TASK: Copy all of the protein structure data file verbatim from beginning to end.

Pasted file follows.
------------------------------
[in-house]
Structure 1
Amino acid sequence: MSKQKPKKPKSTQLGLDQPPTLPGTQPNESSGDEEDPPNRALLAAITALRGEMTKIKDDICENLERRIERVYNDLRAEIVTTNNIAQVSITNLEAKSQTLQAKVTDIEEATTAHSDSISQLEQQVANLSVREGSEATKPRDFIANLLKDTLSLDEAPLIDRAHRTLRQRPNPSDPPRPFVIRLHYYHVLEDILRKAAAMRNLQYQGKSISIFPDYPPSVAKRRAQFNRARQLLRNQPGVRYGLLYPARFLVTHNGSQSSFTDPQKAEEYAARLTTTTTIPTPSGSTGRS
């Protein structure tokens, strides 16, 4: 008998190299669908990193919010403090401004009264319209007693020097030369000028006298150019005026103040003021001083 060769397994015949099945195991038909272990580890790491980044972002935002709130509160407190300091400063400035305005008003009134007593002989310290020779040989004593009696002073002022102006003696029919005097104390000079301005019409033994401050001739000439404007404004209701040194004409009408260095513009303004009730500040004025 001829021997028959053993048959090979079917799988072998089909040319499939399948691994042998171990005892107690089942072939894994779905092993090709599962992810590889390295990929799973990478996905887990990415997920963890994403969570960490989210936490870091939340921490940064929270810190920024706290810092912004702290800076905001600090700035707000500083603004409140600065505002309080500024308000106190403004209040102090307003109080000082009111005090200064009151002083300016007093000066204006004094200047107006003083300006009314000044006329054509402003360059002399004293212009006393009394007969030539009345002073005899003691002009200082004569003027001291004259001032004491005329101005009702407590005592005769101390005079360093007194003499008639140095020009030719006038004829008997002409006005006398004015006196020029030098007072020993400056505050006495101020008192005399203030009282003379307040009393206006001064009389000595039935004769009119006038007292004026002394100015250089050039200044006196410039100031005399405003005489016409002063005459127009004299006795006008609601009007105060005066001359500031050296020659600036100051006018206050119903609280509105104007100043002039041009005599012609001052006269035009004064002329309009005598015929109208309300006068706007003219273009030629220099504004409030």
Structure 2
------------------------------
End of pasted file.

[in-house]
Structure 1
Amino acid sequence: MSKQKPKKPKSTQLGLDQPPTLPGTQPNESSGDEEDPPNRALLAAITALRGEMTKIKDDICENLERRIERVYNDLRAEIVTTNNIAQVSITNLEAKSQTLQAKVTDIEEATTAHSDSISQLEQQVANLSVREGSEATKPRDFIANLLKDTLSLDEAPLIDRAHRTLRQRPNPSDPPRPFVIRLHYYHVLEDILRKAAAMRNLQYQGKSISIFPDYPPSVAKRRAQFNRARQLLRNQPGVRYGLLYPARFLVTHNGSQSSFTDPQKAEEYAARLTTTTTIPTPSGSTGRS
């Protein structure tokens, strides 16, 4: 008998190299669908990193919010403090401004009264319209007693020097030369000028006298150019005026103040003021001083 060769397994015949099945195991038909272990580890790491980044972002935002709130509160407190300091400063400035305005008003009134007593002989310290020779040989004593009696002073002022102006003696029919005097104390000079301005019409033994401050001739000439404007404004209701040194004409009408260095513009303004009730500040004025 001829021997028959053993048959090979079917799988072998089909040319499939399948691994042998171990005892107690089942072939894994779905092993090709599962992810590889390295990929799973990478996905887990990415997920963890994403969570960490989210936490870091939340921490940064929270810190920024706290810092912004702290800076905001600090700035707000500083603004409140600065505002309080500024308000106190403004209040102090307003109080000082009111005090200064009151002083300016007093000066204006004094200047107006003083300006009314000044006329054509402003360059002399004293212009006393009394007969030539009345002073005899003691002009200082004569003027001291004259001032004491005329101005009702407590005592005769101390005079360093007194003499008639140095020009030719006038004829008997002409006005006398004015006196020029030098007072020993400056505050006495101020008192005399203030009282003379307040009393206006001064009389000595039935004769009119006038007292004026002394100015250089050039200044006196410039100031005399405003005489016409002063005459127009004299006795006008609601009007105060005066001359500031050296020659600036100051006018206050119903609280509105104007100043002039041009005599012609001052006269035009004064002329309009005598015929109208309300006068706007003219273009030629220099504004409030």
Structure 2